There is something beautiful about how Narcissist handles time travel, however. First of all low-level crashers are built by infecting them with stolen nanotech from the other side (specifically the Fraternity of Physicians). Second, they travel in time via the Royal Road by hopping to different paraverses.
In this game different paraverses are rated for Proximity (to where you are now), Thrust (scale, energy, mass, size) and Drift. It’s Drift that determines how fast time runs relative to your current paraverse; so to travel in time all you need to do is hop onto a faster drifting paraverse, then hop back and hey presto, you’re in the future. The Royal Road includes cascades of paraverses with graduated drift that can be used to make precise jumps.
(It reminded me a lot of Nine Princes in Amber).
Another cute twist that Narcissist makes is the treatment of doubles or Gemini. The Continuum’s maxim of “trust your elders, they know more than you” applies to versions of oneself (elder Gemini). This is inverted by crashers, for whom elders you cannot remember are inherently untrustworthy, since they could be echoes or other Continuum tricks, or a corrupted older self. Disbelief protects against this. Not only that, crashers have a mercenary approach to their own doubles from other paraverses, being prepared to murder them to fake their own death in another paraverse, steal their lives and resources, and so on. Of course the Continuum’s dogma means this philosophical point isn’t really a concern.
At first sight the problem with Continuum is the sheer amount of book-keeping needed. Each player maintains a span card detailing their spanner’s every jump backwards and forwards.
Actually I think that’s fixable. Find a way to simplify recording the jumps, accumulating tokens, tracking locations and the number of visits each PC has made to them. Consider how complicated the combat is in Burning Wheel but then how easily it can be simplified by just laying down the moves on cards — which I believe is just what Mouse Guard does. You could do exactly the same with Time Combat moves and make it much easier to see what’s happening.
Narcissist seems much more playable than Continuum simply because it’s more interesting to be the underdog and the outcast fighting the system; but structurally it’s identical. Whereas Continuum’s Span 1 spanners start out in a Corner working for a Span 3 or whatever fixing things, Narcissist’s low-level Crashers will be working for their Artisan and later other higher ups from the Merchant and Warrior castes making crash points and new gates. I don’t see much of a difference.
The question is, why should they bother if their philosophy says their version of the timeline is inevitable? What are they actually doing? For both sides it sounds like pointless busywork to me.
Continuum notably has an “Appendix A” which is a list of all the things the game is not. It’s not about policing the timeline. It’s not about the mortals left behind. It’s not about the loneliness of being a time-traveller. It’s also not about a self-repairing universe or “chronos ex machina”. I’m struggling to work out what the game authors actually think the core activity is, aside from engaging in Time Combat all the time.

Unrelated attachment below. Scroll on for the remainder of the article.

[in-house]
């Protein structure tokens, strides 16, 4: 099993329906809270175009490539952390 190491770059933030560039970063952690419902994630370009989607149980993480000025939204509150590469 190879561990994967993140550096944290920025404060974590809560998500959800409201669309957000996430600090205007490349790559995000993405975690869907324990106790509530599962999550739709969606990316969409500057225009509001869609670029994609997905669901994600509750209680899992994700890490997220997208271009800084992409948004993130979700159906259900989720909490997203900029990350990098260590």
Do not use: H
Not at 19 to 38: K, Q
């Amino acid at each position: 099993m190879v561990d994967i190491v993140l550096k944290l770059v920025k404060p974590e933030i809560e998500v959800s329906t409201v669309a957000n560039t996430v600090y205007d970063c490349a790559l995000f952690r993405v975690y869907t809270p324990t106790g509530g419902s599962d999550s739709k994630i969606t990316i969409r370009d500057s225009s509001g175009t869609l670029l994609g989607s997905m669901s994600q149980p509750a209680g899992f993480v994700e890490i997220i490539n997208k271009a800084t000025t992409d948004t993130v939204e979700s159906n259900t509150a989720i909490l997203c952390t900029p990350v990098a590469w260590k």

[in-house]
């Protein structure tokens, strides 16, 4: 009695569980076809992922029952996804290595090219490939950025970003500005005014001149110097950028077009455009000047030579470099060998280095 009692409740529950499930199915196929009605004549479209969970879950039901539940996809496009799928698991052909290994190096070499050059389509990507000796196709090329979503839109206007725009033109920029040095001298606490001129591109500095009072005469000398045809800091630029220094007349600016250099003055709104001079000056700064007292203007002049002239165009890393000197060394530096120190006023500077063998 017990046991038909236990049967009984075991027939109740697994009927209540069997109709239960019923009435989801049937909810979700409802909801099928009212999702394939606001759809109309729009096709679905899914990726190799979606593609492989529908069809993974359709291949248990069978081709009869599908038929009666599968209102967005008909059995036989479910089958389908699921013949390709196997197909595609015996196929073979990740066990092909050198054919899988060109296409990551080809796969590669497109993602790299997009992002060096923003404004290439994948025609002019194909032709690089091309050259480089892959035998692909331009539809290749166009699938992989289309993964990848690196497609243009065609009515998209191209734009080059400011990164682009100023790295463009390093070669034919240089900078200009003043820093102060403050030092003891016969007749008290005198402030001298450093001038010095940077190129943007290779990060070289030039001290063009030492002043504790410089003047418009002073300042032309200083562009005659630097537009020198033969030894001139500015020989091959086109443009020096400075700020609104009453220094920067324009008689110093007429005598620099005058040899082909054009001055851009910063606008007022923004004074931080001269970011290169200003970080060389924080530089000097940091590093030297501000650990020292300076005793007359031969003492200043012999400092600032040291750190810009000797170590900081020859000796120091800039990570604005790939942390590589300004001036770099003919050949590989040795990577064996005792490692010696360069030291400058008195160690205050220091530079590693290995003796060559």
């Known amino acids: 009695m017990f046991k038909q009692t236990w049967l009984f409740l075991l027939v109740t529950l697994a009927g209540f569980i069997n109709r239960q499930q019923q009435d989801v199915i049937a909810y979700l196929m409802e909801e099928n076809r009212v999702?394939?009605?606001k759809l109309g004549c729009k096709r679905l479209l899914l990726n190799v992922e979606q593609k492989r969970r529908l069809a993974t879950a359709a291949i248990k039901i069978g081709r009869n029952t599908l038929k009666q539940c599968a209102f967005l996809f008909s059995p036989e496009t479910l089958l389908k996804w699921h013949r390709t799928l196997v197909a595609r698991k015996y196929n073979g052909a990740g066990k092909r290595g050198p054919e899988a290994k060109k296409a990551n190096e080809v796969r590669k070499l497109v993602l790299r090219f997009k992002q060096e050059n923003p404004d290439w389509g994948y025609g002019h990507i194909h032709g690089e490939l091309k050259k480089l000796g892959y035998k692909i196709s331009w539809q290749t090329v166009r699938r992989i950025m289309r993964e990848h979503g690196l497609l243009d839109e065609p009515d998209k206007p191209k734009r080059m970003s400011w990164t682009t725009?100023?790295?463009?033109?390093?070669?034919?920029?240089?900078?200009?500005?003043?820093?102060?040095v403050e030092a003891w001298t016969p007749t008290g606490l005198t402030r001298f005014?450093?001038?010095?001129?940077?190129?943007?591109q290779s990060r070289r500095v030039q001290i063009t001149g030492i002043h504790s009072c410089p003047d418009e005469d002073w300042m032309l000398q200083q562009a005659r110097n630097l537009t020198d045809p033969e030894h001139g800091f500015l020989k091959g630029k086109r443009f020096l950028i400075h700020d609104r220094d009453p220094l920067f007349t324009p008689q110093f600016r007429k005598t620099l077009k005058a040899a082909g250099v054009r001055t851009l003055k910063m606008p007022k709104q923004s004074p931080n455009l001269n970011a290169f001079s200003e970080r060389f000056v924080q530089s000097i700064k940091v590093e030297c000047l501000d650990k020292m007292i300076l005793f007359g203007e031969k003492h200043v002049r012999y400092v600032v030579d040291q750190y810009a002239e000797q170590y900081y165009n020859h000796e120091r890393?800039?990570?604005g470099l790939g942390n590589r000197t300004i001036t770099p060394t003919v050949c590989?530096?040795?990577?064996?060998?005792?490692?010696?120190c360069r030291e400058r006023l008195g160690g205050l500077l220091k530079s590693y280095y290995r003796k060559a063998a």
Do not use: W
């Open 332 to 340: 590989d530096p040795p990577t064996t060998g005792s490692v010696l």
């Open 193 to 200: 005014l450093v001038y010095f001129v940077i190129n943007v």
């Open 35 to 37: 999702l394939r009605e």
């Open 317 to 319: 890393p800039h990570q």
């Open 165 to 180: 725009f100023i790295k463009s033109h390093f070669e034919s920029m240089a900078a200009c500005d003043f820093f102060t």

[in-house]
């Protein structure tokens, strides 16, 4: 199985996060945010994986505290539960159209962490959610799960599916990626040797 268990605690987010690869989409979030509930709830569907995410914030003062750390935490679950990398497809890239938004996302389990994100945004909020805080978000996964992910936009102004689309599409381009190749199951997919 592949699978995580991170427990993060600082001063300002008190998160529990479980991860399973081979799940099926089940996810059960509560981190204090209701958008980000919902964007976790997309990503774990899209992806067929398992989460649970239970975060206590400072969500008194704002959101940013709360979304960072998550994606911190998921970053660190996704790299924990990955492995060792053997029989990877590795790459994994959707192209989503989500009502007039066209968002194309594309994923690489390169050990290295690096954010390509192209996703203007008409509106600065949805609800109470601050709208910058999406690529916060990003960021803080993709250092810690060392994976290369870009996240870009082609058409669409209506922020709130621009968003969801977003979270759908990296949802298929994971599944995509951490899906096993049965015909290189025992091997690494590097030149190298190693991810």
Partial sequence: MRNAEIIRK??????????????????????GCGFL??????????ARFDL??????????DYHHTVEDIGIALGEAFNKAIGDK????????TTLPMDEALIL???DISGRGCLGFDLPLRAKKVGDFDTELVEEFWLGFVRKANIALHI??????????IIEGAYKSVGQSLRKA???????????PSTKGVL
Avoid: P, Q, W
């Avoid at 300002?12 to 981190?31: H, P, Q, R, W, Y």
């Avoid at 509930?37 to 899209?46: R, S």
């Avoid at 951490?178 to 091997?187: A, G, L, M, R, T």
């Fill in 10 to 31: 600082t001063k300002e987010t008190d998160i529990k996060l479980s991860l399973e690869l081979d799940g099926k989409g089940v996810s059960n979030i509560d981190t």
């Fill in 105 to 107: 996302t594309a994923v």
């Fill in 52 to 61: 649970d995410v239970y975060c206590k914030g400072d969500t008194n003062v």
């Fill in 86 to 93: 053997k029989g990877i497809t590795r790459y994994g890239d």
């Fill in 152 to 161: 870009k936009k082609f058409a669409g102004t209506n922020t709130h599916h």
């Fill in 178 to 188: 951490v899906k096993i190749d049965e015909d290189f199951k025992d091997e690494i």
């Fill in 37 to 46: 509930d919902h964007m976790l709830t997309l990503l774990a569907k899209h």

What would be playable, and interesting to play, would be a game where the characters live on the fringes of one side doing its dirty work, and are forced to make compromises and accept the philosophy of the other side to get things done.
I drafted a game called Transuranic World a while ago (and playtested it a couple of times). This was basically Sapphire and Steel as a PbtA game. It never went anywhere; but re-reading Continuum and Narcissist has made me realise what was missing — the philosophy, the high concept and the overarching vision of the timeline. It was fine when the time agents Sapphire and Steel only hinted at their true philosophy and motivation, but roleplaying games need more, I feel. This may just be it.
Continuum and Narcissist are masterpieces of worldbuilding, but as games they’re no good. But out of two difficult games there’s one game with a great deal of potential. This is what I would change:
- The premise for what the actual characters do should be as time-repairers or time-crashers; but to achieve their ends they will come into contact with, and have to engage with their opponent’s philosophy, and risk accusations of treason from their own side.
- Thus they need to keep track of not only Frag but also Standing with their own organisation — something that is tainted by their contact with the opposition.
- For the actual mechanics, Time Combat needs better representation at the table. I would set the arena for Time Combat beforehand. Much like a Sapphire and Steel mystery this should be a closed field where time has been looped or otherwise perverted. Gates to other universes of infinite possibilities are not very interesting. Pockets with the potential to create Gates are much more interesting because they defy local physics and temporal philosophy, at cost to whomever is inside.
That’s what I would do, and what I may do if I ever come back to Transuranic World. I’m currently suppressing the ideas and trying to finish old projects rather than start new ones.
If these books ever see print again they should be as tête-bêche bindings with the final chapters in each comprising the timelines, converging on their mutually-exclusive zeniths.